In case you missed the Oscars last Sunday night, here are the highlights:
Best song went to a musical tribute to the overseers of human sex slaves, an occupation known as "pimping";
best picture went to a movie about racism in Los Angeles;
best supporting actor went to the movie about how oil companies murder people; and
best supporting actress went to the movie about how pharmaceutical companies murder people.
Curiously missing from Oscar night's festivities was any reference, even in passing, to the 150,000 brave Americans currently risking their lives in Iraq and Afghanistan.
On behalf of red state America, let me be the first to say: "Screw you, Hollywood."
Although I must tell you, overall, this Academy Awards ceremony was a major strategic retreat by Hollywood. Despite all their Bolshevik bluster about how Democratic politicians won't stand up to Republicans, the Hollywood left is as scared of decent patriotic Americans as the Democrats are.
"Brokeback Mountain" did not win best picture, "Munich" won nothing, and the Palestinian suicide bombers movie won nothing. There was no angry self-righteousness from Vanessa Redgrave against "Zionist hooligans," or from Tim Robbins and Susan Sarandon for the Haitian boat people. There was no Bush-bashing. There was no Michael Moore. The host was not Whoopi Goldberg, so that's a big fat reward to every man, woman and child in America right there.
This may have been the most American Oscars yet, if America consisted of beautiful airheads in $50,000 dresses. And that was just the guys in "Brokeback Mountain."
I believe this marks the first time in Oscars history that an award recipient shouted, "Thank you, Jesus!" upon receiving his award. Admittedly, this was the only part of the speech that didn't have to be bleeped and it was for a song titled, "It's Hard Out Here for a Pimp," but it's still a step forward.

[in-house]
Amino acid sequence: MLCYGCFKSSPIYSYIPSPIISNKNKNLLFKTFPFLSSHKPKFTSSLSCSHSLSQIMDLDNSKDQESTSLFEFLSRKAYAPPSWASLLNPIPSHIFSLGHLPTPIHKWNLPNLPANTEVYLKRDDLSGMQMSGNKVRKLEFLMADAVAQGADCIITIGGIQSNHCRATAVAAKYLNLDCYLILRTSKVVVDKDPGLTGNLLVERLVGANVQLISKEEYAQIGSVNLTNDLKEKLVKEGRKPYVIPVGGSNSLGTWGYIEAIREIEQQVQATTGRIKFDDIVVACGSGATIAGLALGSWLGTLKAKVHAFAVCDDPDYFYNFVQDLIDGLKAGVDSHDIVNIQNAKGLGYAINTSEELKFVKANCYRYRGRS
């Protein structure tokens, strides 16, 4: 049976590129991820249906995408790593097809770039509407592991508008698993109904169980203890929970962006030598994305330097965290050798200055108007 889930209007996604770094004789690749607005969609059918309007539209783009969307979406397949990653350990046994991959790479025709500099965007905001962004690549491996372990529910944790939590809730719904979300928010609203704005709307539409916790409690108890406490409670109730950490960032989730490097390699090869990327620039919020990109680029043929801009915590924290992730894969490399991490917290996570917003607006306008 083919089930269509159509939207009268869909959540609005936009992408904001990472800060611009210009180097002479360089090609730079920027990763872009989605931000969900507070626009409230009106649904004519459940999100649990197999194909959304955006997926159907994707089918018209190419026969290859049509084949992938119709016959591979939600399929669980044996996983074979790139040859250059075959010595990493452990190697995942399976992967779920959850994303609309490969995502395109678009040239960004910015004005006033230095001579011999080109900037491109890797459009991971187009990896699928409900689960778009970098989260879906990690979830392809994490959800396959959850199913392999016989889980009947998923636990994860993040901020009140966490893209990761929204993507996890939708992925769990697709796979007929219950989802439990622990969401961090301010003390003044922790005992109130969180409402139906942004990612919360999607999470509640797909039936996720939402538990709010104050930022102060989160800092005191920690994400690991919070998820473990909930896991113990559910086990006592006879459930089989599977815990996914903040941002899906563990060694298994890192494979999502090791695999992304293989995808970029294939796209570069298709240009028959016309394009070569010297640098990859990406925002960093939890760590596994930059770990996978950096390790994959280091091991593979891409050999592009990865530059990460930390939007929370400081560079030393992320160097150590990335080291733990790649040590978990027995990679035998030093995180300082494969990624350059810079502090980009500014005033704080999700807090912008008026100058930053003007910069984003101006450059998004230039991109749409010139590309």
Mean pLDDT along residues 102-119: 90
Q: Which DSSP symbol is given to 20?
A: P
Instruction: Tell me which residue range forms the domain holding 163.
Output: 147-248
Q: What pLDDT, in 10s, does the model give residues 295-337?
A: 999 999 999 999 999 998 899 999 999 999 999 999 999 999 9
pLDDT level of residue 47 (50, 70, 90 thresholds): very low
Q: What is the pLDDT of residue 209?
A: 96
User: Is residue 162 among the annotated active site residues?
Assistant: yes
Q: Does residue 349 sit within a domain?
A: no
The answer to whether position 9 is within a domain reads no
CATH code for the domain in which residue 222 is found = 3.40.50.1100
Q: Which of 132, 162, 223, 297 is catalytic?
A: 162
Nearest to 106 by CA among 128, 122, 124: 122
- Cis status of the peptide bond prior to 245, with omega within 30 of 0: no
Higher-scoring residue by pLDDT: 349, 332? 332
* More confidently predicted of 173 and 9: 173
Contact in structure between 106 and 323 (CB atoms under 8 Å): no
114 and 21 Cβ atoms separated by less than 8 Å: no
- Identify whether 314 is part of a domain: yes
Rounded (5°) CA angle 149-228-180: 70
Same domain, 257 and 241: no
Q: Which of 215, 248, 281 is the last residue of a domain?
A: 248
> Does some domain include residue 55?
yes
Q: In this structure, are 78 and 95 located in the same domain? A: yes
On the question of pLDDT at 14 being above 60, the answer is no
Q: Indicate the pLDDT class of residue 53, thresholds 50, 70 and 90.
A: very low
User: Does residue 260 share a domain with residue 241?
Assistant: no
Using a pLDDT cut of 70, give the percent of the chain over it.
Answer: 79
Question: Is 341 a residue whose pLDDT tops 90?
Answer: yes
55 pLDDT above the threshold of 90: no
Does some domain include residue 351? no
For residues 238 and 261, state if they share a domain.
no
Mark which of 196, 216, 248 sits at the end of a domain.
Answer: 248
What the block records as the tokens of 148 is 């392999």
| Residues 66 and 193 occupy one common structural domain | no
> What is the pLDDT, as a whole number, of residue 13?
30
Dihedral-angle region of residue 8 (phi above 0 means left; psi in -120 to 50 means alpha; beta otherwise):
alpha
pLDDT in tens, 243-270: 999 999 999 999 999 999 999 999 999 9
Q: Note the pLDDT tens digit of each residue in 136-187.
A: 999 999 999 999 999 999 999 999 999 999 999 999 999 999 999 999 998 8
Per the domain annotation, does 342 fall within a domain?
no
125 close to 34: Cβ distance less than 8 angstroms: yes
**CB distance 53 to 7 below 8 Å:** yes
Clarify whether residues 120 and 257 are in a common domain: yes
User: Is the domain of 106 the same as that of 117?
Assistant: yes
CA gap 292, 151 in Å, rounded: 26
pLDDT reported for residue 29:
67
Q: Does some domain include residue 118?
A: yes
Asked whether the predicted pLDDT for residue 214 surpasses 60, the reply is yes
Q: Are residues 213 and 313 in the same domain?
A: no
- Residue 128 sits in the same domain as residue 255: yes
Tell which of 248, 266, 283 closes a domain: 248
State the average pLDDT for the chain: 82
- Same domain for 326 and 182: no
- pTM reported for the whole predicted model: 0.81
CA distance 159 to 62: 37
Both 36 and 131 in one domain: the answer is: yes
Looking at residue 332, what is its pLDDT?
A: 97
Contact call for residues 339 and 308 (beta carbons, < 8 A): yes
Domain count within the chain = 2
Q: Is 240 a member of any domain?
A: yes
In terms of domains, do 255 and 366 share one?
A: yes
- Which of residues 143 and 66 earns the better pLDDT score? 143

Jon Stewart, this year's host, was very funny -- but not quite as funny as the fact that the audience didn't get the jokes. (There were a lot of actors in the audience.) Apparently, the one comedy bit capable of bringing down a house of actors is: Ben Stiller hopping around in a green unitard.
However liberal Stewart is personally, his best jokes are always mildly conservative.
He twitted the Hollywood audience, saying:
"I have to say it is a little shocking to see all these big names here, these huge stars. The Oscars is really, I guess, the one night of the year where you can see all your favorite stars without having to donate any money to the Democratic Party."
Actually, between George Clooney's posturing and the ode to pimpdom winning "best song," I think Oscar night was more of a fund-raiser for the Republican Party.
George Clooney made the only stand for liberal Hollywood, smugly declaring:
"We are a little bit out of touch in Hollywood every once in a while. I think it's probably a good thing. We're the ones who talked about AIDS when it was just being whispered, and we talked about civil rights when it wasn't really popular. ... (T)his group of people gave Hattie McDaniel an Oscar in 1939 when blacks were still sitting in the backs of theaters. I'm proud ... to be part of this community, and proud to be out of touch."
Forget about Hollywood being ahead of the big issues: Hollywood has never even been on time for the big issues. This is why, for example, in the middle of an epic war with Islamic fascists, Hollywood is still making movies about the Nazis. Now and then, just for variety, they tackle a more current topic, like the Jim Crow era.
Even on AIDS -- which is something you'd expect people like Clooney to know something about -- Hollywood was about seven years behind. Wait, no -- bad choice of words. Even on AIDS, Hollywood got caught with its pants down. Still no good. On AIDS, Hollywood got it right in the end. Oh, dear ... Note to self: Must hire two more interns to screen hate mail.
The point is: The Hollywood set didn't start wearing AIDS ribbons to the Oscars until 1992:
10 years after The New York Times described AIDS;
seven years after AIDS was the cover story on Life magazine;
seven years after AIDS was in People magazine;
five years after Oprah did a show on AIDS.
Only recently has George Clooney heard about segregation. (He's against it.) But he still can't nail down the details of something that ended nearly half a century ago.
Contrary to Clooney's impassioned speech, no theaters ever forced black people to sit in the back. If you were trying to oppress people, you would make them sit in the front, which are the worst seats in the house. Or you'd just make them watch a George Clooney movie.